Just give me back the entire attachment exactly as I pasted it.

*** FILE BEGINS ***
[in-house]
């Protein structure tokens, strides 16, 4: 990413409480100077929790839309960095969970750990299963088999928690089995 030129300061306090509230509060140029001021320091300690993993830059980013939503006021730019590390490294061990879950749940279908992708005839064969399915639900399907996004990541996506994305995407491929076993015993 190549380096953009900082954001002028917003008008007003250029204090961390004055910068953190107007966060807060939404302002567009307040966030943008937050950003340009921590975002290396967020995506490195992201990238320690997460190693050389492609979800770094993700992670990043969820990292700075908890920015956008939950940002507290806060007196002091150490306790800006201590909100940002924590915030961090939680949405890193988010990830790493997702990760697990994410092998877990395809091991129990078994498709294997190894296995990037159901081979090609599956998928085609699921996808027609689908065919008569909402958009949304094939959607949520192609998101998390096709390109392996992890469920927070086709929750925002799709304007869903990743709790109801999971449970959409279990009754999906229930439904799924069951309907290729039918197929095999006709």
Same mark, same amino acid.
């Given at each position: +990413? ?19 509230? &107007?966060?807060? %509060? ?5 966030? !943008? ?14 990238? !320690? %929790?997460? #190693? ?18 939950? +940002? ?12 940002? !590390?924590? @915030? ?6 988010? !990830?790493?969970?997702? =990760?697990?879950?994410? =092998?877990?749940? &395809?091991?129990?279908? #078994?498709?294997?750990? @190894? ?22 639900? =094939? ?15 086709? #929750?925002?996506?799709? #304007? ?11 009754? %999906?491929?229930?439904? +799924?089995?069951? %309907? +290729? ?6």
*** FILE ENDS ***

[in-house]
């Protein structure tokens, strides 16, 4: 990413409480100077929790839309960095969970750990299963088999928690089995 030129300061306090509230509060140029001021320091300690993993830059980013939503006021730019590390490294061990879950749940279908992708005839064969399915639900399907996004990541996506994305995407491929076993015993 190549380096953009900082954001002028917003008008007003250029204090961390004055910068953190107007966060807060939404302002567009307040966030943008937050950003340009921590975002290396967020995506490195992201990238320690997460190693050389492609979800770094993700992670990043969820990292700075908890920015956008939950940002507290806060007196002091150490306790800006201590909100940002924590915030961090939680949405890193988010990830790493997702990760697990994410092998877990395809091991129990078994498709294997190894296995990037159901081979090609599956998928085609699921996808027609689908065919008569909402958009949304094939959607949520192609998101998390096709390109392996992890469920927070086709929750925002799709304007869903990743709790109801999971449970959409279990009754999906229930439904799924069951309907290729039918197929095999006709």
Same mark, same amino acid.
């Given at each position: +990413? ?19 509230? &107007?966060?807060? %509060? ?5 966030? !943008? ?14 990238? !320690? %929790?997460? #190693? ?18 939950? +940002? ?12 940002? !590390?924590? @915030? ?6 988010? !990830?790493?969970?997702? =990760?697990?879950?994410? =092998?877990?749940? &395809?091991?129990?279908? #078994?498709?294997?750990? @190894? ?22 639900? =094939? ?15 086709? #929750?925002?996506?799709? #304007? ?11 009754? %999906?491929?229930?439904? +799924?089995?069951? %309907? +290729? ?6």